Del McCoury Band


The legendary picker more than 50 years into touring still oozes Southern hospitality and charm

Gothic Theatre | March 27
Breckenridge RiverWalk Center | March 28
Boulder Theater | March 29
Aggie Theatre | March 31


By Timothy Dwenger

Since 1967, Del McCoury — through work with a variety of band combinations of his brother Jerry and his sons Ronnie and Rob — has climbed the bluegrass ladder to his now highly perched position as a legendary veteran on the scene.

No matter the era, McCoury’s open-minded approach to the genre has stayed true to many of the tenets of “traditional” bluegrass passed down from the father of the genre himself, Bill Monroe, while still allowing enough creative leeway in those stone-etched tenets to continually excite and re-engage more progressive artists and audiences.

McCoury’s journey started early in 1963, several years before he released his first solo album, when the young banjo picker found himself with a job offer from none other than Mr. Monroe. The only catch, it wasn’t to play banjo. “He needed a guitar player and he needed a lead singer in the worst way,” McCoury explained while chatting on a land-line from his home in Hendersonville Tennessee. “He wanted me to try that job so I did, against my own will I tried it. I knew how to play a guitar but I had to brush up on it. The toughest part of it all was me having to learn all the verses to the songs that he wanted to do. I thought ‘Well, I’ll go back to playing the banjo someday’ but I never seriously did that. I never did go back.”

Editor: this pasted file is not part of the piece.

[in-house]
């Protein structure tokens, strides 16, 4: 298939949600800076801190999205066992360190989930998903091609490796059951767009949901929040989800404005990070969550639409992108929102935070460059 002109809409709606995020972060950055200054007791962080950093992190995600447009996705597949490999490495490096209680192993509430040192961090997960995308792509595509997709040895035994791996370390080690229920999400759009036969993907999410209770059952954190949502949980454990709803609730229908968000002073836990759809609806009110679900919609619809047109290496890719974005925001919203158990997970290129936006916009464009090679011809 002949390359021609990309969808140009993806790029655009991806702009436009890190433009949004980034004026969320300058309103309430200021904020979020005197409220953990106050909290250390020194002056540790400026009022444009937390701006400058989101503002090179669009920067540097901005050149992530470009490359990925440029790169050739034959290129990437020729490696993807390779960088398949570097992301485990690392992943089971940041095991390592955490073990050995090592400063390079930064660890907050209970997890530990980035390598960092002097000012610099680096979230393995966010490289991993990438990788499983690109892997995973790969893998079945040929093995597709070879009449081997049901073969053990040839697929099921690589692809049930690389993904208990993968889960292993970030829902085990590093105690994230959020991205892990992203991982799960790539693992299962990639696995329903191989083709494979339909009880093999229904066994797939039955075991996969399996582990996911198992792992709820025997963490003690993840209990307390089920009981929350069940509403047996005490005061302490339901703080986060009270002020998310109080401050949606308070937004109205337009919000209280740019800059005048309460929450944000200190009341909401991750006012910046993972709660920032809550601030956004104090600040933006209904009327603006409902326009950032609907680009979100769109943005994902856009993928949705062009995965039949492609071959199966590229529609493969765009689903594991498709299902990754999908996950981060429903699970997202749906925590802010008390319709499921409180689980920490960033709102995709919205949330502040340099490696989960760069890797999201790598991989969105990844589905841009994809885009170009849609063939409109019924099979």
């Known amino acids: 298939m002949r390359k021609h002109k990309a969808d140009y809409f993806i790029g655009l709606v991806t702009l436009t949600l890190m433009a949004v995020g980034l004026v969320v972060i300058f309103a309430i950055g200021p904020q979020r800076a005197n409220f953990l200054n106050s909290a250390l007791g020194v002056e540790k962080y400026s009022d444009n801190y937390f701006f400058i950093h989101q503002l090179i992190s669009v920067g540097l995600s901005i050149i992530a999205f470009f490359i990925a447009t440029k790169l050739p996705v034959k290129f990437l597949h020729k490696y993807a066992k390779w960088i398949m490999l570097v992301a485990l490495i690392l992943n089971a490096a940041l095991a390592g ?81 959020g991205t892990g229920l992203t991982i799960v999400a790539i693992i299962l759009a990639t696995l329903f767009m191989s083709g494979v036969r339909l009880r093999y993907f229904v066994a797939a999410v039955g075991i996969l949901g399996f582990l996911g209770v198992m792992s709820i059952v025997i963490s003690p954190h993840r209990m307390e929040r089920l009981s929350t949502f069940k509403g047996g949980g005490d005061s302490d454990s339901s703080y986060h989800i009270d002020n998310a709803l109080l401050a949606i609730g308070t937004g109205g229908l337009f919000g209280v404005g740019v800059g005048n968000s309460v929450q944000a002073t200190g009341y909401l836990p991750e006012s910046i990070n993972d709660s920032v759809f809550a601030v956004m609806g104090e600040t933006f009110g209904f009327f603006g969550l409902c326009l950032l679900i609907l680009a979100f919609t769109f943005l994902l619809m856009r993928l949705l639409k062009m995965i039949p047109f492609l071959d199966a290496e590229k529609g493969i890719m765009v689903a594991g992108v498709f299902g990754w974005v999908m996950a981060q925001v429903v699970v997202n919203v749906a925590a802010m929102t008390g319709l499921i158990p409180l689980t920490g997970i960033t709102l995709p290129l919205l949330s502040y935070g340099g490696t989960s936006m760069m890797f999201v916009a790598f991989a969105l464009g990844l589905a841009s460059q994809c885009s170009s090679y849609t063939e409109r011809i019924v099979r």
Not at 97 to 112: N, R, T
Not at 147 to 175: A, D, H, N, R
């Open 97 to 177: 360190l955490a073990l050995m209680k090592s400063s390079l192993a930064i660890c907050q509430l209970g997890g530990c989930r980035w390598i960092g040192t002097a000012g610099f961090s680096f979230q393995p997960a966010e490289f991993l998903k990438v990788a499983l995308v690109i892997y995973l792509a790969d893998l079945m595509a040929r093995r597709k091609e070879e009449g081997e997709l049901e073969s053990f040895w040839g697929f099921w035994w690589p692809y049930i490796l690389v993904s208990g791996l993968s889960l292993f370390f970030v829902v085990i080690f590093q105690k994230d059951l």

While McCoury only lasted a year as a Blue Grass Boy, the experience shaped his life and in 1968 he released Del McCoury Sings Bluegrass, the first of more than 30 albums that led up to the 2018 release of his 50th-anniversary record. “My son Ronnie said ‘I’d like to call this album Del McCoury Still Sings Bluegrass’ and, I don’t know, for some reason I didn’t much want to do that, but I said ‘Okay, go ahead,’” the good-natured McCoury admitted.

With nearly 60 years on the road under his belt, McCoury is still going strong as he gears up for a duo show with David “Dawg” Grisman and a lengthy run of shows with the Del McCoury Band that includes stops at the legendary Ryman Auditorium and the Telluride Bluegrass Festival. “I still feel good!” he explained simply before revealing that his son’s other band, The Travelin’ McCoury’s, came about as a result of some careful contingency planning. “When I got up there to about 70 [he’s now 81] I think it was me and my wife and my manager started talking, if something would happen to me — if my health would fail — there’s no telling what can happen when you pass 70.  We thought we should get these boys out on the road, and get them something started, because they were dependent on me, the whole band was. So, my manager said ‘I’ll get them their own booking agent and we’ll see what they can do.’ God, they are busy now! I think I’ll ask ‘em for a job!” laughed the patriarch.

While there is no doubt that McCoury is proud of the career his sons have made for themselves out from under his shadow, his sense of humor shined again as he discussed working so closely with them for so long. “I’m just fortunate that they are good enough musicians to put on the record,” he joked and then turned a bit more serious. “There have been challenges but it seemed to ease up a bit when we got the boys out on the road with their own band cause then, when they had ideas, they could put them on their record and put those ideas out there from the stage. It was good for them, it really was. A young guy has ideas for things and it’s not like what pop does. They respect what I do and they like doing what I do, they really do, but it’s better this way; they get to go out there and let off steam on their own.”